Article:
Fantasy Grounds is a virtual online gaming table application primarily intended for pen and paper style narrative roleplaying games. It is designed to perform many of the things you can do while playing at a conventional gaming table, but enables you to do those things online.
[Robert] With so many competitors vying for top spot in the realm of virtual tabletops, what are some of the things you’re doing to stand out?
[Doug] We believe that Fantasy Grounds is the only fully featured virtual tabletop that provides map sharing abilities, character sheet management and campaign management. It may not provide dynamic lighting and reveal of the fog of war as you move (yet), but neither does your table at home. It serves as a great basis for any roleplaying game you want to play, by providing common map sharing, simple fog of war, area of effect templates, dice rolling, macros and campaign management. The real strength in Fantasy Grounds comes when you start taking advantage of the game-specific rulesets that are either provided for free with the Full and Ultimate licenses or are available as add-ons. For instance, in the included Pathfinder ruleset, the GM can have a monster target all the players under a 30′ cone and roll an attack that automatically displays hits or misses and allows you to follow up with your damage or effects for the spell or ability. The players benefit from this automation too and it makes managing all the complication of their attacks much easier. All the effects, both positive and negative, within Pathfinder and D&D games can become very cumbersome to manage in face-to-face games, and Fantasy Grounds allows you to manage these much more easily.
[Robert] What are some of the things people may not know about the crew at Smiteworks and about Fantasy Grounds in general?
[Doug] I started and ran a gaming forum and community in central Illinois known as CU-Gaming for a number of years with a fellow gamer. We ran two mini-conventions as well before I moved back to Kentucky and got busy with Fantasy Grounds and other work.
John lives in Seattle and had the honor to have Monte Cook GM for him for their regular D&D campaign. John has been the GM for the same group for 24 years and got started with Virtual tabletops when he moved out of state 10 years ago.
[Robert] What can we expect to see coming from your development studio in the near future?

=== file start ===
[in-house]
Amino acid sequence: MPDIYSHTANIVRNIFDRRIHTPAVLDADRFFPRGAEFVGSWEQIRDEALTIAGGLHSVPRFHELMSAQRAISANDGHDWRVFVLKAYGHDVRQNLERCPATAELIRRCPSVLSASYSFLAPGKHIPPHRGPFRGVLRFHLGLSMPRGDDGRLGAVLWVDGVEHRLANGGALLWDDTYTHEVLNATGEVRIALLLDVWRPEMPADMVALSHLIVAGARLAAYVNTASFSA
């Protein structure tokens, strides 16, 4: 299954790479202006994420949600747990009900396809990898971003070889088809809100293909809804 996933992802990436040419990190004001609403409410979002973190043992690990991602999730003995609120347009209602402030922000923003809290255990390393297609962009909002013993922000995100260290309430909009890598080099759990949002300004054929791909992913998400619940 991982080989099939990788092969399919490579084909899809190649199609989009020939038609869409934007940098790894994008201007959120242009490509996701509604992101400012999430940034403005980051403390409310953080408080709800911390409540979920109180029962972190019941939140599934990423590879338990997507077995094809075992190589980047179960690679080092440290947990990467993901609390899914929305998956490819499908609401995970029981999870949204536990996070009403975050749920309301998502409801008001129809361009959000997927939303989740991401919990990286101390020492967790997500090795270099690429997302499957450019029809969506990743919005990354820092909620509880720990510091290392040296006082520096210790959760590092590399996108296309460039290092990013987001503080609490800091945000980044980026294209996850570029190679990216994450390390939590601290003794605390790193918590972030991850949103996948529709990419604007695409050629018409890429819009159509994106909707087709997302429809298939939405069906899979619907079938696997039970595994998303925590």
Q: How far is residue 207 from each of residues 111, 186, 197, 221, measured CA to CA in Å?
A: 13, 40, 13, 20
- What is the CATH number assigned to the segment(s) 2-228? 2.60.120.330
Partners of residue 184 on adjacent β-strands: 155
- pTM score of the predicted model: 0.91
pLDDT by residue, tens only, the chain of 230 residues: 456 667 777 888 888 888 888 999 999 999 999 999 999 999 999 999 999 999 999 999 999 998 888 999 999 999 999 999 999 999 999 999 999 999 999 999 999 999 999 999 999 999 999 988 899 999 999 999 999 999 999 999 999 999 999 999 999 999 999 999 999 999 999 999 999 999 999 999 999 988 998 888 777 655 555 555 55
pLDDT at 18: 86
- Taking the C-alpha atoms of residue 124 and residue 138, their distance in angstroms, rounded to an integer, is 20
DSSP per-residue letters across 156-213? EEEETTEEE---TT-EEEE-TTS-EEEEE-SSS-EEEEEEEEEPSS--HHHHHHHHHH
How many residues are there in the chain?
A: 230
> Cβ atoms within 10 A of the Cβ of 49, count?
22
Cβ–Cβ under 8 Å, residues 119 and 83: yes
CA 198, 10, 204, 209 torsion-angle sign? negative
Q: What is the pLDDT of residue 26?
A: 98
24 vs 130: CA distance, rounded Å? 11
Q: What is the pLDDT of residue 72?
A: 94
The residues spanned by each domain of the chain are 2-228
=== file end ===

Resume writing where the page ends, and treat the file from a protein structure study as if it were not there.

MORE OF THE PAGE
[Doug] We hope to release Fantasy Grounds to Steam sometime in May, 2014.That will take us a lot of work to get our full catalog of over 250 add-on modules deployed and marketed through there. Once that is stable and managed, we’ll start looking into other areas for side or add-on products to enhance your Fantasy Grounds experience or to provide support for it in other platforms.
[Robert] With Fantasy Grounds supporting a number of systems is there are specific system that you prefer to work with if given the choice and chance?
[Doug] I like a lot of different systems, but I have the most familiarity with D&D (many different versions), Pathfinder and Savage Worlds. Not surprisingly, those rulesets currently have the most automation built into them. I have a little more time available to me now, so I’m looking forward to learning some of the other systems that already have strong support in Fantasy Grounds.
[Robert] Have you considered and are there any plans to release a mobile version of Fantasy Grounds and if you did what are some of the features you’d like to see added into the mix?
[Doug] We have discussed this quite a bit and we’ve mostly been playing around with some very basic prototypes. Until recently, neither John nor I had much time to devote to this seriously. Now that I’ve resigned my full time job to focus solely on SmiteWorks, I am hopeful I can start picking back up on some of these projects that we only toyed with so far. When we get to that stage, we’d probably look at doing these under Kickstarter to judge how much demand there will be for them. It’s not going to be a small project.
Written by Robert Beasley